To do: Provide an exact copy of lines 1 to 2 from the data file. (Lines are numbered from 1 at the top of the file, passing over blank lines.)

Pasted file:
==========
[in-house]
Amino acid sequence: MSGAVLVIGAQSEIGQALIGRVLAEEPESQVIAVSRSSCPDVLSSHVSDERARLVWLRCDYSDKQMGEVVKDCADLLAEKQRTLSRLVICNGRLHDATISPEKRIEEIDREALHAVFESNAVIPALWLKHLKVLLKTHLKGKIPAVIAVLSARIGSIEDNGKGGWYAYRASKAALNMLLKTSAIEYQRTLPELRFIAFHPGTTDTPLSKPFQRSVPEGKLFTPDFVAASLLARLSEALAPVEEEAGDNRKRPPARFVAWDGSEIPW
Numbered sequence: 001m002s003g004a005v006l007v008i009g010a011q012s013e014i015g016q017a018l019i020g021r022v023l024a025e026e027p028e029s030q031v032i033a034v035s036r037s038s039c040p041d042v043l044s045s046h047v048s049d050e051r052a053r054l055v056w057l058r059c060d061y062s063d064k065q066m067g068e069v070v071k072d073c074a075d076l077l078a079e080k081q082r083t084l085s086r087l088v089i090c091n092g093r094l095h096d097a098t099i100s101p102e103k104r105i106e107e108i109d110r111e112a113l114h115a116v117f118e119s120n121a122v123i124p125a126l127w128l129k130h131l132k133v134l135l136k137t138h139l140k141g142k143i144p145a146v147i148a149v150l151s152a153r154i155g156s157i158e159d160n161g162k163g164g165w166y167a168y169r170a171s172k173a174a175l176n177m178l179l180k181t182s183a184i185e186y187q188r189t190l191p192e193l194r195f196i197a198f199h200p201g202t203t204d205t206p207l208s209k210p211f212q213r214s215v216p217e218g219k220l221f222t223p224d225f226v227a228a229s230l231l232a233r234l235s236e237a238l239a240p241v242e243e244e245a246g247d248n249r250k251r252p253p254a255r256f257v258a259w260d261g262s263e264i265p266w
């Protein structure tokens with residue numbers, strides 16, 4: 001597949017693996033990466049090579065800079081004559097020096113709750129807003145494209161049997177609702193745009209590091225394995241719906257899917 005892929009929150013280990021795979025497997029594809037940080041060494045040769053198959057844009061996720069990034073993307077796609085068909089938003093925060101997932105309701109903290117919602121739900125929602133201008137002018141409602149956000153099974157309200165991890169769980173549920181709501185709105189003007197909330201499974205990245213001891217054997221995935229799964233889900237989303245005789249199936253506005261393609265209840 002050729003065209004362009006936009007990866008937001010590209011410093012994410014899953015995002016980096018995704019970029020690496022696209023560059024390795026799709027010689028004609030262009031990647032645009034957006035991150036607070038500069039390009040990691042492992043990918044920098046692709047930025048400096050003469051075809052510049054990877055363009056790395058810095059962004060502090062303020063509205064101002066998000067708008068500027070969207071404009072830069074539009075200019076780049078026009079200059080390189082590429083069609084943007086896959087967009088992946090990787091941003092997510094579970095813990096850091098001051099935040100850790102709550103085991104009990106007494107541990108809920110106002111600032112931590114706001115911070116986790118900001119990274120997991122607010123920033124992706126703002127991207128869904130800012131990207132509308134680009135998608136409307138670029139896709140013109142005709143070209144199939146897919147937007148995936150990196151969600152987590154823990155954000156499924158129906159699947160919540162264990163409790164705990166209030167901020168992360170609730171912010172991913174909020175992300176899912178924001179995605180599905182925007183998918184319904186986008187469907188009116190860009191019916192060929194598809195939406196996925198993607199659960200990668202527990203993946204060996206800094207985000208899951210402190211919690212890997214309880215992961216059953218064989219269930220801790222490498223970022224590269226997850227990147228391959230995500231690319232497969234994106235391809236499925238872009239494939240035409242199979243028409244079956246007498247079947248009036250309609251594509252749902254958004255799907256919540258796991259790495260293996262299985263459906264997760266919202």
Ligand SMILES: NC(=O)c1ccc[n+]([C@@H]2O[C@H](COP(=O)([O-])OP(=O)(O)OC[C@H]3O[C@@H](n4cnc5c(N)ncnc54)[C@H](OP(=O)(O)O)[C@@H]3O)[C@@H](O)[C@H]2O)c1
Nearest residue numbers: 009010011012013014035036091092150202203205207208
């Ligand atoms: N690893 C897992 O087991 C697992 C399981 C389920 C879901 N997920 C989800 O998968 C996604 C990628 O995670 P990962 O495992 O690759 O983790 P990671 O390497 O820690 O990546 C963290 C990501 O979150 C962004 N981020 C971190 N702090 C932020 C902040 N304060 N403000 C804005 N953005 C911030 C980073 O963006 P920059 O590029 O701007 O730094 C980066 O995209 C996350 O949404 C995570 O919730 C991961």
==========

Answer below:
[in-house]
Amino acid sequence: MSGAVLVIGAQSEIGQALIGRVLAEEPESQVIAVSRSSCPDVLSSHVSDERARLVWLRCDYSDKQMGEVVKDCADLLAEKQRTLSRLVICNGRLHDATISPEKRIEEIDREALHAVFESNAVIPALWLKHLKVLLKTHLKGKIPAVIAVLSARIGSIEDNGKGGWYAYRASKAALNMLLKTSAIEYQRTLPELRFIAFHPGTTDTPLSKPFQRSVPEGKLFTPDFVAASLLARLSEALAPVEEEAGDNRKRPPARFVAWDGSEIPW